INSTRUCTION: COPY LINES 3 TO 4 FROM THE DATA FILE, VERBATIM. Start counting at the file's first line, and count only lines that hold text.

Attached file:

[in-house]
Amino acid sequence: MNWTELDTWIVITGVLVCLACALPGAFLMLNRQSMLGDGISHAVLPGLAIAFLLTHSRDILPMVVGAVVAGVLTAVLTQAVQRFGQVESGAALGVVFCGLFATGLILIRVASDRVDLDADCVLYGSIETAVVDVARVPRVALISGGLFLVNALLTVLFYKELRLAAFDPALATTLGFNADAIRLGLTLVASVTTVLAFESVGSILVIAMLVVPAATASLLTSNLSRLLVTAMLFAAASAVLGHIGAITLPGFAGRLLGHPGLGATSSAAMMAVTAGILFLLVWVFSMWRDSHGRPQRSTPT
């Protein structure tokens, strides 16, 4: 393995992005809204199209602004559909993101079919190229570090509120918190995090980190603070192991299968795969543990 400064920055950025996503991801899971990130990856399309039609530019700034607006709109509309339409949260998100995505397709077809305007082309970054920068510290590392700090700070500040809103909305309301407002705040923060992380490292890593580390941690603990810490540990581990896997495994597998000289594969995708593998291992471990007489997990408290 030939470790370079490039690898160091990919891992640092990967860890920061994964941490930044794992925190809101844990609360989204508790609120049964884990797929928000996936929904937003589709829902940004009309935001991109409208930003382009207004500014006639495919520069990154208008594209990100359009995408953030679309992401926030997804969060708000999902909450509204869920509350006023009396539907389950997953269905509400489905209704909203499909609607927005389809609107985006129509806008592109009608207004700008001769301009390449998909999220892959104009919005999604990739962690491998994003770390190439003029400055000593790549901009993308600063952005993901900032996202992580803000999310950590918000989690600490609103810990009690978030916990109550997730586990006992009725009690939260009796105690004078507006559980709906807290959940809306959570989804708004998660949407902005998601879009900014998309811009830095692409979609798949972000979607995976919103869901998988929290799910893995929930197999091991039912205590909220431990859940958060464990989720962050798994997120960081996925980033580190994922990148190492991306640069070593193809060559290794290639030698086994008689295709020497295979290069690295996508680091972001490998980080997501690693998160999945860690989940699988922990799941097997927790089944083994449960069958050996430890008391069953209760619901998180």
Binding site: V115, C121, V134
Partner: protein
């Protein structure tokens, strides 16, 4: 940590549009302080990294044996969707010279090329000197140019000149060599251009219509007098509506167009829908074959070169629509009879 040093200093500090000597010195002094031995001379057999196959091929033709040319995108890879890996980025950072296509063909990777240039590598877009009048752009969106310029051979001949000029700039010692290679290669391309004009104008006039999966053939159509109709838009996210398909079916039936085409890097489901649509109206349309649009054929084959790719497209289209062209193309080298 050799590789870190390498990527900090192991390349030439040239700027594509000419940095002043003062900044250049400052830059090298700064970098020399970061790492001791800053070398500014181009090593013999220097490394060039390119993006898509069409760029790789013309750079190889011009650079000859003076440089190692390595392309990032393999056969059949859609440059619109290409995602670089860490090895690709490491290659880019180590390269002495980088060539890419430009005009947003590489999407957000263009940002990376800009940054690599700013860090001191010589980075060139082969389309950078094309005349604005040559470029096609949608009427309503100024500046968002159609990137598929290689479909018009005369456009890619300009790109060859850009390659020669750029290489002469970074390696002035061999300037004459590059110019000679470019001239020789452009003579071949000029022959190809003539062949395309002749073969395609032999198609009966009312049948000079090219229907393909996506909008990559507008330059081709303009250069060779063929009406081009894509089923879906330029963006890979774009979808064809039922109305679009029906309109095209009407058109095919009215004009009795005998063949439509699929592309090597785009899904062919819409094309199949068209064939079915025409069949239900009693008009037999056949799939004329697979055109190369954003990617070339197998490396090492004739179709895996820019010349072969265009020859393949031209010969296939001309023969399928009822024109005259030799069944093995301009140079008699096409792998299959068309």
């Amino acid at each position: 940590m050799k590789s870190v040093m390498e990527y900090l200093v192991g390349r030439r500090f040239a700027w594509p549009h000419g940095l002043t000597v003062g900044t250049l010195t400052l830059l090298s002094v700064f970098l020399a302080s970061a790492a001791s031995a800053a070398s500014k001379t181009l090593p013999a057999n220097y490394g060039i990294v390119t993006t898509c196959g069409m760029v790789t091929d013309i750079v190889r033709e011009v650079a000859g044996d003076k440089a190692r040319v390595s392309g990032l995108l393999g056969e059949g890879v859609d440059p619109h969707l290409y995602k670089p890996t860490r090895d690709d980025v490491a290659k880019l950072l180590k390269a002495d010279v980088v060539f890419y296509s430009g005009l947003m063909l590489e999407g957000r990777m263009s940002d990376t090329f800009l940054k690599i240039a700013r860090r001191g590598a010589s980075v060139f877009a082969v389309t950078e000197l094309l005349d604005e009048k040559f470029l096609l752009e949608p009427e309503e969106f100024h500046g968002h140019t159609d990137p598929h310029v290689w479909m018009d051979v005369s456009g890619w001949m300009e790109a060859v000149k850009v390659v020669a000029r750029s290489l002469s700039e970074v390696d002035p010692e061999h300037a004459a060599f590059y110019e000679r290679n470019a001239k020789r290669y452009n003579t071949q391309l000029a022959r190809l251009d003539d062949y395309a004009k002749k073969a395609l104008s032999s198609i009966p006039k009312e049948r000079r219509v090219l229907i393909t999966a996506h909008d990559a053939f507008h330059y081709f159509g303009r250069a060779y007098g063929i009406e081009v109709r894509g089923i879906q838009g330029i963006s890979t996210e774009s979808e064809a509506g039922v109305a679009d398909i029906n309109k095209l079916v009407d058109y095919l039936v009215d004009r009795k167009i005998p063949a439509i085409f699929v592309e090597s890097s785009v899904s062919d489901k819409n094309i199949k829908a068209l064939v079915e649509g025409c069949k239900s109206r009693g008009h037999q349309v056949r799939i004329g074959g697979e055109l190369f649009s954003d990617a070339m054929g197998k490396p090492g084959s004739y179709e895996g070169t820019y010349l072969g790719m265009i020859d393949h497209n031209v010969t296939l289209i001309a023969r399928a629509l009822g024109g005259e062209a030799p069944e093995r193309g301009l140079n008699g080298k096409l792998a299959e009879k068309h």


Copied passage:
């Protein structure tokens, strides 16, 4: 393995992005809204199209602004559909993101079919190229570090509120918190995090980190603070192991299968795969543990 400064920055950025996503991801899971990130990856399309039609530019700034607006709109509309339409949260998100995505397709077809305007082309970054920068510290590392700090700070500040809103909305309301407002705040923060992380490292890593580390941690603990810490540990581990896997495994597998000289594969995708593998291992471990007489997990408290 030939470790370079490039690898160091990919891992640092990967860890920061994964941490930044794992925190809101844990609360989204508790609120049964884990797929928000996936929904937003589709829902940004009309935001991109409208930003382009207004500014006639495919520069990154208008594209990100359009995408953030679309992401926030997804969060708000999902909450509204869920509350006023009396539907389950997953269905509400489905209704909203499909609607927005389809609107985006129509806008592109009608207004700008001769301009390449998909999220892959104009919005999604990739962690491998994003770390190439003029400055000593790549901009993308600063952005993901900032996202992580803000999310950590918000989690600490609103810990009690978030916990109550997730586990006992009725009690939260009796105690004078507006559980709906807290959940809306959570989804708004998660949407902005998601879009900014998309811009830095692409979609798949972000979607995976919103869901998988929290799910893995929930197999091991039912205590909220431990859940958060464990989720962050798994997120960081996925980033580190994922990148190492991306640069070593193809060559290794290639030698086994008689295709020497295979290069690295996508680091972001490998980080997501690693998160999945860690989940699988922990799941097997927790089944083994449960069958050996430890008391069953209760619901998180």
Binding site: V115, C121, V134